Susanne 

Arianne, you repeatedly were told that you’re not a fit for this sport; you just don’t fit into this box. What made you decide that you are going to do it anyways, like, because when we’re in those, those formative years, it is hard to have that self-confidence and that self-awareness that okay, whatever is telling me and whoever is telling me from the outside, I can’t screw you. I’m going to do it anyway, and it takes a lot of courage. You who have that kind of a mindset. Where did that courage come to arise?

Arianne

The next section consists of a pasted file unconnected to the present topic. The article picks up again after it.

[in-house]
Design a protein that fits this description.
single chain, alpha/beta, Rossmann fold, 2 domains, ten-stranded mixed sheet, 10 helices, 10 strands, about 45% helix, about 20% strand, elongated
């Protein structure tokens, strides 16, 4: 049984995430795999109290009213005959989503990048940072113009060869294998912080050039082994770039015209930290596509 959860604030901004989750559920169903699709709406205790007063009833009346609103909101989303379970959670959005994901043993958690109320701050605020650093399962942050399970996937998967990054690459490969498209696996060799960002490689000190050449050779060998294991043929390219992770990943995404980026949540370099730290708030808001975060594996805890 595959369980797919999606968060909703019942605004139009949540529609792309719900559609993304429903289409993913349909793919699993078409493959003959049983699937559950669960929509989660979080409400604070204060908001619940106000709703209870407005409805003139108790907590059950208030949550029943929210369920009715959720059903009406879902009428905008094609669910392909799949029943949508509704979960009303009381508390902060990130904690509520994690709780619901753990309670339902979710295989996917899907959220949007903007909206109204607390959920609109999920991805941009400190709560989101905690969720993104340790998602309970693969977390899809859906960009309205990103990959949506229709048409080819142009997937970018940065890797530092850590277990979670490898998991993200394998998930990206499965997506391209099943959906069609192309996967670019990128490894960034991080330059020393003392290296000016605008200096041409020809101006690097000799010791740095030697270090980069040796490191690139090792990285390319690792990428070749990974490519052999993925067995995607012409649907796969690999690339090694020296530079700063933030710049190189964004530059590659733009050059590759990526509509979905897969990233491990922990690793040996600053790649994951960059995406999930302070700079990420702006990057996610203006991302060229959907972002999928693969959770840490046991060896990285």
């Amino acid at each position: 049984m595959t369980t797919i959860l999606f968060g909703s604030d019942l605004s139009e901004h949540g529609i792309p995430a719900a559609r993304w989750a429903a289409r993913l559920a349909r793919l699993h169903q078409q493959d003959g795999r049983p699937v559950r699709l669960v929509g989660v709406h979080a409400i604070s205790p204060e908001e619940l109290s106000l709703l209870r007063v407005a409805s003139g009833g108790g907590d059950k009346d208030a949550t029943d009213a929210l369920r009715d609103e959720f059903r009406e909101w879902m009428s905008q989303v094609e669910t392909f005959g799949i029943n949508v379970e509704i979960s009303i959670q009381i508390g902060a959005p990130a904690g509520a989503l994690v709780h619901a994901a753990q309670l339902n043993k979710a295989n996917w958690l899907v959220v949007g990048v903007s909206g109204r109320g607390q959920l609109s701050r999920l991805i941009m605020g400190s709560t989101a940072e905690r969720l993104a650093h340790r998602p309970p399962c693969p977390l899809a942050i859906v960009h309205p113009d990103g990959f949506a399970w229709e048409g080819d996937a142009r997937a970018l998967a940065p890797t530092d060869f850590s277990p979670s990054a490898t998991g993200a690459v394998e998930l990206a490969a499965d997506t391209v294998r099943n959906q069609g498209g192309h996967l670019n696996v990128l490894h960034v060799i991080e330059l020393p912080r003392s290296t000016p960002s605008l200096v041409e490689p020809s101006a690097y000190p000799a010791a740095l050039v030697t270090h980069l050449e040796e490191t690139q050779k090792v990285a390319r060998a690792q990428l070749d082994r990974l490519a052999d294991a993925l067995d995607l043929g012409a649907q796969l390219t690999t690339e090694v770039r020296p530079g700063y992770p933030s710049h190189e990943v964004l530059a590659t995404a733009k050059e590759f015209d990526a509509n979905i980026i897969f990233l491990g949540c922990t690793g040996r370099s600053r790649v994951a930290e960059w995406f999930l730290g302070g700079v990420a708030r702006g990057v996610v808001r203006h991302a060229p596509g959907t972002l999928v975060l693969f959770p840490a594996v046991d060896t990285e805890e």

I mean, it’s a tough question. Because, of course, looking back now, I was also only 16, right? I wish I had more journals of that time of what I was thinking and writing. I think about it a lot. Is it a question of nature versus nurture? I guess on one piece like I give a lot of credit to Well, everyone in the sport didn’t Believe in me, my parents did, and they were very supportive. So I’m very grateful to have had that support team pushing me to try my best and fight. I, you know, clearly some of it, I think was innately in me of being a fighter of I have a little bit in me when someone tells me I can’t do something, I had a bit of a watchmaker mentality. Like, don’t underestimate me. Which I still have now. But I think, but I don’t want that for people listening to think, oh, if I don’t innately have that in me, I can’t make that courageous choice because I don’t believe that either. I think there’s a key question Paige and I talk about a lot, which is asking yourself, but what if the opposite was true? At that moment, many people from the outside were telling me you’re not the right size for this. And I think I just stopped and said, but what if the opposite was true? Right? What? What if you’re working with a limited amount of facts? What if, while I might not be six feet tall, I am mentally stronger here? What if I can work harder than other people? What if I’m more aerodynamic than other people? Those questions fueled my belief in myself, for anyone with that goal, or that dream or that passion? I do think like, you got to believe in yourself. 100%? Because if you don’t, how is anybody else going to like you have to double down on yourself.